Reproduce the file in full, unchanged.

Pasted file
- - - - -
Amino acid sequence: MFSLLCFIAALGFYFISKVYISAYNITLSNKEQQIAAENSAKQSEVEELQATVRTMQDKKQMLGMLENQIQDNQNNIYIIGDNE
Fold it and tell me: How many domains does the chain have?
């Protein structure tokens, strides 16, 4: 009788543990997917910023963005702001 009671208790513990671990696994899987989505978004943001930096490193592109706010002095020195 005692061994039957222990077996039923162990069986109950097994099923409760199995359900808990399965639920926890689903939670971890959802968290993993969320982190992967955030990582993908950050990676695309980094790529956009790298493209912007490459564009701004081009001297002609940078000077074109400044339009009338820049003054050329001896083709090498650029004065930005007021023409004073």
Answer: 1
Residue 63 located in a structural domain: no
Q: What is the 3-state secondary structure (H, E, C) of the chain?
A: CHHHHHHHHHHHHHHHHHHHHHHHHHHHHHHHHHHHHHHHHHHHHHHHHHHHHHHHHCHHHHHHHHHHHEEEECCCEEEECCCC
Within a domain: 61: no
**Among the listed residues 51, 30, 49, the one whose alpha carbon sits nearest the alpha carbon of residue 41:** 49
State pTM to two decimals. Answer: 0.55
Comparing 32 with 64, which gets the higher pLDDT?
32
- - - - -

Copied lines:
Amino acid sequence: MFSLLCFIAALGFYFISKVYISAYNITLSNKEQQIAAENSAKQSEVEELQATVRTMQDKKQMLGMLENQIQDNQNNIYIIGDNE
Fold it and tell me: How many domains does the chain have?
């Protein structure tokens, strides 16, 4: 009788543990997917910023963005702001 009671208790513990671990696994899987989505978004943001930096490193592109706010002095020195 005692061994039957222990077996039923162990069986109950097994099923409760199995359900808990399965639920926890689903939670971890959802968290993993969320982190992967955030990582993908950050990676695309980094790529956009790298493209912007490459564009701004081009001297002609940078000077074109400044339009009338820049003054050329001896083709090498650029004065930005007021023409004073």
Answer: 1
Residue 63 located in a structural domain: no
Q: What is the 3-state secondary structure (H, E, C) of the chain?
A: CHHHHHHHHHHHHHHHHHHHHHHHHHHHHHHHHHHHHHHHHHHHHHHHHHHHHHHHHCHHHHHHHHHHHEEEECCCEEEECCCC
Within a domain: 61: no
**Among the listed residues 51, 30, 49, the one whose alpha carbon sits nearest the alpha carbon of residue 41:** 49
State pTM to two decimals. Answer: 0.55
Comparing 32 with 64, which gets the higher pLDDT?
32